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Citation: Prüfer, Kay, et al. "The complete genome sequence of a Neanderthal from the Altai Mountains." Nature 505.7481 (2014): 43-49.

Citation: Prüfer, Kay, et al. “The complete genome sequence of a Neanderthal from the Altai Mountains.” Nature 505.7481 (2014): 43-49.

Quartz has a quizzical piece up, which is useful for fleshing out the incoherency of some tendencies within conservation biology. It turns out that the large coyotes which have been expanding across the eastern United States as the forests have taken over abandoned farmlands (due to the shift of agricultural activity to the Midwest in the 20th century from New England and Mid-Atlantic). To no one’s surprise these coyotes are filling the niche of the timber wolves of yore, predating upon the white-tailed deer whose numbers have increased with the rewilding of the landscape. But there’s a twist in this tale:

…scientists have since discovered these super-sized coyotes are only about two-thirds coyote. About 10% of their genes belong to domestic dogs and a quarter comes from wolves, with which they hybridized as they moved east north of the Great Lakes.

Monzón says hybridization enabled eastern coyotes to adapt quickly to fill the niche left by wolves. In fact, areas with the highest densities of deer had coyotes with the greatest proportion of wolf in their genomes. “There was a very rich resource that was waiting to be exploited,” says Monzón. “They’ve done very well here.”

So what’s the problem? As observed later in the piece our own species is to some extent a compound of diverged lineages. This pattern of reticulated ancestry is as old as evolutionary process itself. The “tree” metaphor was simply a stylized fact which elided detail so we could get to the heart of the matter in attempting to understand in our bones what common descent entailed. But supposedly there are rumblings:

Some scientists and conservationists see the coywolf as a nightmare of the Anthropocene—a poster child of mongrelization as plants and animals reshuffle in response to habitat loss, climate change and invasive species.

I am curious about any scientist that would use the term “mongrelization.” Name the scientists. It strikes me that a ghost-strawman is being set up here. But I’m willing to be proven wrong.

The reality is that many biologists have had issues with the biological species concept as an idealized and Platonic ideal, as opposed to an instrumental concept. Plant biologists have never had much truck with a strict form of the biological species concept, and how exactly does it to apply to asexual organisms? Our public policy has been built on a narrow conception of biological purity which only holds in a small slice of the tree of life, and even there it is violated constantly. Our own species is here as proof of that.

 
• Category: Science • Tags: Environmentalism 
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Screenshot from 2015-05-13 07:47:30 In a review for the new installment of Mad Max Dana Stevens in Slate writes:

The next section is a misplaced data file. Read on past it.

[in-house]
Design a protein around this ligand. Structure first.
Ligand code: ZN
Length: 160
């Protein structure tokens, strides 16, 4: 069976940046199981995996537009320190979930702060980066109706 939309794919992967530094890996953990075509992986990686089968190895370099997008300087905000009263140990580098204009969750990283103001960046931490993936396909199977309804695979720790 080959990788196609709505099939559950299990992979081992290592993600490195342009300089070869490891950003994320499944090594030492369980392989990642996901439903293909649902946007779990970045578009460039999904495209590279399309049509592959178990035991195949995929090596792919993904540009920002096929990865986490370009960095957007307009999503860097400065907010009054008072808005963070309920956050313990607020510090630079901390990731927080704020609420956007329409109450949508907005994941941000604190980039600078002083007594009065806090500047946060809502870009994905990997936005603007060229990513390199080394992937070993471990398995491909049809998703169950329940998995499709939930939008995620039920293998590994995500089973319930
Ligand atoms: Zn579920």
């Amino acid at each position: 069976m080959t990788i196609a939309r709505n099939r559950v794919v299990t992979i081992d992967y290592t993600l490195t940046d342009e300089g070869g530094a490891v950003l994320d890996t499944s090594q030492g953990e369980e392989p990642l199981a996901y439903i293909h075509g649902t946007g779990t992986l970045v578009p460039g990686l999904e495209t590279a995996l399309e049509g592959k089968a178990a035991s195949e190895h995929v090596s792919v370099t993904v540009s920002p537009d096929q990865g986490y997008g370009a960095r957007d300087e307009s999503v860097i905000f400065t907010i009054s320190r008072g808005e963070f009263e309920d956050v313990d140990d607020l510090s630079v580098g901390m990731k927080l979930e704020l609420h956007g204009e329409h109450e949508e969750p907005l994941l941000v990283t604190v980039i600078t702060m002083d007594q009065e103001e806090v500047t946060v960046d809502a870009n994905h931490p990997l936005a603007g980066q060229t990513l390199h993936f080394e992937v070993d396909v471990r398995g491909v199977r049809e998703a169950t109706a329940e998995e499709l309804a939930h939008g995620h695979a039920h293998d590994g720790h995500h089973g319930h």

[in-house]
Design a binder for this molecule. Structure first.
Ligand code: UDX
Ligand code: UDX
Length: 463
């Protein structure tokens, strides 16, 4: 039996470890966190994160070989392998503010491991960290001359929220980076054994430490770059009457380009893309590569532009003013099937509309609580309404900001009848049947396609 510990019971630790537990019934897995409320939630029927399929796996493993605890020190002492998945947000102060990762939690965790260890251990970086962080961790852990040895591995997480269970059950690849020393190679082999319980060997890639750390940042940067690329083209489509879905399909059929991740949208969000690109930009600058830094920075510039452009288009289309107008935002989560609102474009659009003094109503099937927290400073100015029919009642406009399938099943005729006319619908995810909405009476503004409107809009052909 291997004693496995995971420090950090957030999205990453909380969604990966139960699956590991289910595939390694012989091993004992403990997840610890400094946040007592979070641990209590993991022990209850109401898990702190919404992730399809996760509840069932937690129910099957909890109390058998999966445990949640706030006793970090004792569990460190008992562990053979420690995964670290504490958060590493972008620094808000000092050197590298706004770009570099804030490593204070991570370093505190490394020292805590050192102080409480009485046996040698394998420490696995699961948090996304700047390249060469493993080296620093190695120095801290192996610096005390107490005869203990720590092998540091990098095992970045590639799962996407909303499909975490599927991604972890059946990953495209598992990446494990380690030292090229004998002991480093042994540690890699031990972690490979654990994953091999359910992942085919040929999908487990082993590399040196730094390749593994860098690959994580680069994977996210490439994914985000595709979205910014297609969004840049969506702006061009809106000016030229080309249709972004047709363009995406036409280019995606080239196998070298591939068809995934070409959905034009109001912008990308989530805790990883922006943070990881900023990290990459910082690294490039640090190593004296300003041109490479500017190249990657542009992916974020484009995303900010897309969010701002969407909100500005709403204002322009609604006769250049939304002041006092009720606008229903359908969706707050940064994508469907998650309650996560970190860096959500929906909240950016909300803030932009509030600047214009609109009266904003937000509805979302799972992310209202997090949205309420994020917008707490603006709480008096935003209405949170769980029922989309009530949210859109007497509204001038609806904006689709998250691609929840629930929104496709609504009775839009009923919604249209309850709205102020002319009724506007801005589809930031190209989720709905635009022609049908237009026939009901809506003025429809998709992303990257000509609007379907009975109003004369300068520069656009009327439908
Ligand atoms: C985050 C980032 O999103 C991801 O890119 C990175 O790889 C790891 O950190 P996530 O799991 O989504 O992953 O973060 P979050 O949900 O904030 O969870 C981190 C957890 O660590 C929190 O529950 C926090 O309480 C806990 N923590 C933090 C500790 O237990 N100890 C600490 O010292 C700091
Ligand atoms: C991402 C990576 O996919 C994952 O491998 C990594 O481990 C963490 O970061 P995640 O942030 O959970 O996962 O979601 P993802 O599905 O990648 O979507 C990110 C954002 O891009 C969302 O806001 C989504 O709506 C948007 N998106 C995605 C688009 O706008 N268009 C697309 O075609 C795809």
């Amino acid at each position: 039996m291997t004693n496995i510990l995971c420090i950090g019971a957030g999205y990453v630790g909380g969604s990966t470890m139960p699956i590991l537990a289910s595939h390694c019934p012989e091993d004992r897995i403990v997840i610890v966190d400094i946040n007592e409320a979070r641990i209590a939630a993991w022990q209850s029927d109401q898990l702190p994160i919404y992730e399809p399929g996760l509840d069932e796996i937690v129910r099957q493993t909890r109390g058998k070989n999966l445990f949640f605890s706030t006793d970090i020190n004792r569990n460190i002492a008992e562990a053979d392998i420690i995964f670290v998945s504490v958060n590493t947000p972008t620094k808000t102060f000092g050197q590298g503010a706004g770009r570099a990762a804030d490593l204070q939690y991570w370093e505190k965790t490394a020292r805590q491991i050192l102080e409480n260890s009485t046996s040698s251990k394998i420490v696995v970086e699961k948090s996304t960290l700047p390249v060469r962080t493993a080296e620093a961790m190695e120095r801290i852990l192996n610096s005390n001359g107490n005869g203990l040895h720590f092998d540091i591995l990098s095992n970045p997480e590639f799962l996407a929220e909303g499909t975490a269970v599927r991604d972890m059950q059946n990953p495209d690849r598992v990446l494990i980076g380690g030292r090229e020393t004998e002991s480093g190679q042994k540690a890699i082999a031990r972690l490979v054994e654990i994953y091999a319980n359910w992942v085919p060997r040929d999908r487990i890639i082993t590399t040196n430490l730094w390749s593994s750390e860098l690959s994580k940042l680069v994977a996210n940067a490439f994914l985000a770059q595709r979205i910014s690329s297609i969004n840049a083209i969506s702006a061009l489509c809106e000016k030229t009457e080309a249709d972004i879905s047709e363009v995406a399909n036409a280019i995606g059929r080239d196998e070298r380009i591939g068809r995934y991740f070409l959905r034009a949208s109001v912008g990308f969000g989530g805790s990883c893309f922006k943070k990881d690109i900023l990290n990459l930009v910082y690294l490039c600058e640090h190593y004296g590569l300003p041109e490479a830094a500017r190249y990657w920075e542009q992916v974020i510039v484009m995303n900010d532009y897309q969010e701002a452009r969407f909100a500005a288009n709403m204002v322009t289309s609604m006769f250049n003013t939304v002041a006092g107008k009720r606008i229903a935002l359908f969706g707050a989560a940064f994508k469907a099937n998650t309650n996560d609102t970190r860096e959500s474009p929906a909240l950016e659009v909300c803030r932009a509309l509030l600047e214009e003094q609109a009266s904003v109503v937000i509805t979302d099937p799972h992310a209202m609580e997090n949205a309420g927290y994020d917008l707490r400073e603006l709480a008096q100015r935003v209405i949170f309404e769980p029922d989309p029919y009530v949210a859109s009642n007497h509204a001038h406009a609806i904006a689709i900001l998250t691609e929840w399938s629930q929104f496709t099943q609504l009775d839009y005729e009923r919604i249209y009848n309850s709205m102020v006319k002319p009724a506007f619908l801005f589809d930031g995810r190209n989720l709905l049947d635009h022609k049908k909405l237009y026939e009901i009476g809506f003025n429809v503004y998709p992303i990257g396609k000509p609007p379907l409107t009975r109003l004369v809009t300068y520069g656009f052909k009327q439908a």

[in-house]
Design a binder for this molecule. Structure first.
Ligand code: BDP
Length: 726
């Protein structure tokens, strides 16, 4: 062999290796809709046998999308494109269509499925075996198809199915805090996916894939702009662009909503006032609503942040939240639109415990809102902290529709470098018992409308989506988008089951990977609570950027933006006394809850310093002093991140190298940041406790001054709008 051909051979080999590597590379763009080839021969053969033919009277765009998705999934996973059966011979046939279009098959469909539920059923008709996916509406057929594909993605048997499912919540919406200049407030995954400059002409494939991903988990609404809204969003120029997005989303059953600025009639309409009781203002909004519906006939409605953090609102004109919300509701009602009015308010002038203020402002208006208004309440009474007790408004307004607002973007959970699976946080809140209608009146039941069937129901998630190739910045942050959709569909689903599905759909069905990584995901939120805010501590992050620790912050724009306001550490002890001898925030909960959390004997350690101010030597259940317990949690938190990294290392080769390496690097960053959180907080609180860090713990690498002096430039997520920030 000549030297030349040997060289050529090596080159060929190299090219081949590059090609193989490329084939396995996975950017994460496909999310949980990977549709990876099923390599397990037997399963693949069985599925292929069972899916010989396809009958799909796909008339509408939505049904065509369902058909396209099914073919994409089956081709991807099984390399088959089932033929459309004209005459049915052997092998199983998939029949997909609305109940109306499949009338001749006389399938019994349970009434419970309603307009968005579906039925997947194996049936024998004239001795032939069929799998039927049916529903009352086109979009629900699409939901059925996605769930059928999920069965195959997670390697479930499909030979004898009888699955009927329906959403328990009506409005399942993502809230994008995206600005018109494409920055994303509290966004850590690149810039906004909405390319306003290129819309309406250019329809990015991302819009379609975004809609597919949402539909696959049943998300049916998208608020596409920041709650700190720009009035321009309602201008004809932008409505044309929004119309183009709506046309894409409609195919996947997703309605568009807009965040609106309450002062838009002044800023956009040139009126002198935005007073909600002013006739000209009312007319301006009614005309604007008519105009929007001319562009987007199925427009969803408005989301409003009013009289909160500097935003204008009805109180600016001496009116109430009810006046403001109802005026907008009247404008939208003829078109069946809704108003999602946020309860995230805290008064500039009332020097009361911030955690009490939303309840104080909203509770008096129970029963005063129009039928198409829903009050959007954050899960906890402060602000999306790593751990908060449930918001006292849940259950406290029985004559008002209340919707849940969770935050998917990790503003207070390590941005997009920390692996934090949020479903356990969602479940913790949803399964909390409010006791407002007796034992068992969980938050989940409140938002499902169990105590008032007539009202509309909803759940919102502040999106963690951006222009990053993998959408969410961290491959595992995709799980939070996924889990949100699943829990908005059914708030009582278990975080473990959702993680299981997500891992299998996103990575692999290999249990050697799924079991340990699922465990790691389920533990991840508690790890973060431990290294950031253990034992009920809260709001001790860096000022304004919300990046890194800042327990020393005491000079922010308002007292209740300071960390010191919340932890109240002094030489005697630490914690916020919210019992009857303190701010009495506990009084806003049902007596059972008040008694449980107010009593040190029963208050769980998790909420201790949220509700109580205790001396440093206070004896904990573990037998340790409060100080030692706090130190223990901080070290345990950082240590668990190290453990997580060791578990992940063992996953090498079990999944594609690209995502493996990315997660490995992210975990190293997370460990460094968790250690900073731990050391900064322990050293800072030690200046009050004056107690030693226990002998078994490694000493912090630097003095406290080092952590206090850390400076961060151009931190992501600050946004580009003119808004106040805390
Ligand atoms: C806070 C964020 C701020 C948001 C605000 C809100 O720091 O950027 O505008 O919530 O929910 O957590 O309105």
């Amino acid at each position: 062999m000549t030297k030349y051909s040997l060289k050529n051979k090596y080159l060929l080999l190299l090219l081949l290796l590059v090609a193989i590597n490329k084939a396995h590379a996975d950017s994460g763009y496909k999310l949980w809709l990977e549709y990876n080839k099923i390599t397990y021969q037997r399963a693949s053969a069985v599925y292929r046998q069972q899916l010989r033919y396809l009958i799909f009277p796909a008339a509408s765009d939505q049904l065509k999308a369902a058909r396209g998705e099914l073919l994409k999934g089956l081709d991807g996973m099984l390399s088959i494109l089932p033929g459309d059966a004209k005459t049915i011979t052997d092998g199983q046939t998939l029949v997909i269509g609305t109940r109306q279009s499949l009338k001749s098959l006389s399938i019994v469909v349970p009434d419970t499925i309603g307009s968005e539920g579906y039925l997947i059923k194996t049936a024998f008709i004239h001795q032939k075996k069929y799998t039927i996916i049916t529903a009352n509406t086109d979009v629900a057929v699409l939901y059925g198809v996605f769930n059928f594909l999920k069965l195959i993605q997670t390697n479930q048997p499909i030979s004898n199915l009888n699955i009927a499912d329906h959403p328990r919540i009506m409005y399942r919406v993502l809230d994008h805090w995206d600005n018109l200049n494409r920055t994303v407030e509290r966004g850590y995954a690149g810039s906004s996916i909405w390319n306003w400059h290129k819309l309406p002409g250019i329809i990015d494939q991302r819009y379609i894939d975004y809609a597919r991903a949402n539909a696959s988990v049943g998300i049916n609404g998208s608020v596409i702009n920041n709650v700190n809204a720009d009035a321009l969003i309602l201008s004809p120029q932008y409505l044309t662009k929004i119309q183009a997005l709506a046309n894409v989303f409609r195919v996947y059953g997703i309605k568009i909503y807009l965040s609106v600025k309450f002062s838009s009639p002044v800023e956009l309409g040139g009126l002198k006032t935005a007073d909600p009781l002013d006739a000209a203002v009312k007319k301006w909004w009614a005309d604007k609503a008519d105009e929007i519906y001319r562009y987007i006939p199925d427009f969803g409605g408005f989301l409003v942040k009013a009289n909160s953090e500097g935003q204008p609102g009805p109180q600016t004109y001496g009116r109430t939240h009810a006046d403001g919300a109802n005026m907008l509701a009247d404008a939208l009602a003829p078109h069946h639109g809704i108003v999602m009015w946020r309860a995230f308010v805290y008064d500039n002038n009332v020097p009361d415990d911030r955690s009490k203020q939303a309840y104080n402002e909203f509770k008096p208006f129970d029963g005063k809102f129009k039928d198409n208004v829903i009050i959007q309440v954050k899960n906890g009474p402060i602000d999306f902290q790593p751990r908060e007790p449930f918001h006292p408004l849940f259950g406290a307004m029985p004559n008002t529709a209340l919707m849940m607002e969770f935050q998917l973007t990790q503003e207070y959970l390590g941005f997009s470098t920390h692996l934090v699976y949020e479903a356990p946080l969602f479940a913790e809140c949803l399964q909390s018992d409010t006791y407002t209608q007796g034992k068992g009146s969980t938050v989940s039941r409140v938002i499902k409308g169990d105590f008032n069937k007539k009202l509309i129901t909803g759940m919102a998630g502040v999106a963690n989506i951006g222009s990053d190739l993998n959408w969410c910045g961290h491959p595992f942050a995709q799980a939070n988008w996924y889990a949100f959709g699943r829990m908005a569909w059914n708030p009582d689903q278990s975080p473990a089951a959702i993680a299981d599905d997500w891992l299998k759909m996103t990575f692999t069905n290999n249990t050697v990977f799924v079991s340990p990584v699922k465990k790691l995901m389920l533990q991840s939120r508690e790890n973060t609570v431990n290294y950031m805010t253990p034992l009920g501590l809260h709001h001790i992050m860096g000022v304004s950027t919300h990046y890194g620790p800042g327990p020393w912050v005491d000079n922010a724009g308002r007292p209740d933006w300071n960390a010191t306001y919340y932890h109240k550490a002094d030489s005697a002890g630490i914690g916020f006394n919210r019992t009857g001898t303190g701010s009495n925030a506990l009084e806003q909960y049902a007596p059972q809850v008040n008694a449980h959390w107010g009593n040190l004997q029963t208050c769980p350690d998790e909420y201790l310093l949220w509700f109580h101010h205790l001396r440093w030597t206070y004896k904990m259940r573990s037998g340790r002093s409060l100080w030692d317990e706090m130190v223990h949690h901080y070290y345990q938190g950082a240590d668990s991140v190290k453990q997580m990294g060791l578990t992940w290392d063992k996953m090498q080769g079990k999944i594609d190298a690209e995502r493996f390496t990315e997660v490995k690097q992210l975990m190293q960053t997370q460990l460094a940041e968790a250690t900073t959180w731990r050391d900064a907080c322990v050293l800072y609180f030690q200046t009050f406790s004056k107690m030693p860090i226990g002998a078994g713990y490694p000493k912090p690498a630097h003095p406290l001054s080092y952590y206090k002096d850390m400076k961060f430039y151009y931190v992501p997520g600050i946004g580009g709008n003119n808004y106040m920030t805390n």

The way the world ends, for Miller, is not in overpopulated high-tech megacities slicked with film-noir rain, but in something like the polar opposite. Miller’s nightmare of the future posits the planet as a parched desert landscape against which the world’s few remaining humans scratch out a meager, violent existence, equipped only with the salvaged remains of mid-20th-century technology. It’s that future that, 36 years after Mel Gibson first put the pedal to the metal as Max Rockatansy, is looking more like the one we may be leaving to our own survivors….

I understand this is a movie review, and that line was probably thrown in there for artistic effect. But facts matter, and there is no way that you justify the position that the world is more like that of Mad Max today than 40 years ago. Paul Ehrlich has definitely lost his bet, and even the peak oil worry has abated. The data show that a smaller proportion of the world’s population is undernourished and and poor. The total fertility rate is declining and life expectancy is increasing. Yes, the situation of the middle class in much of the developed world has been in relative stagnation by many metrics, but enormous increases in human well being have occurred throughout what was once termed the Third World.

The Right and Left have particular hobbyhorses. Young people today are more secular and tolerant of sexual diversity in lifestyles, but they are also less sexually promiscuous (we were blogging about this at Gene Expression seven years ago by the way). Similarly, despite worries about income inequality in the developed world, billions are rising out of poverty in places like China and India. Yes. Billions. Though environmental threats exist, the world is healthier and wealthier than it was a generation ago.

It’s not very important that Dana Stevens’ editor didn’t remove a rhetorical flourish which was just factually unfounded (though I it’s insulting to the people of places like the Sahel who suffered through privation a generation ago, and no longer do so). But, it does suggest a mental weakness that these sorts of slips get through, to influence the public, and continue to distort the perceptions of the way the world is. To prepare for the exigencies of the future we need to see the present clearly.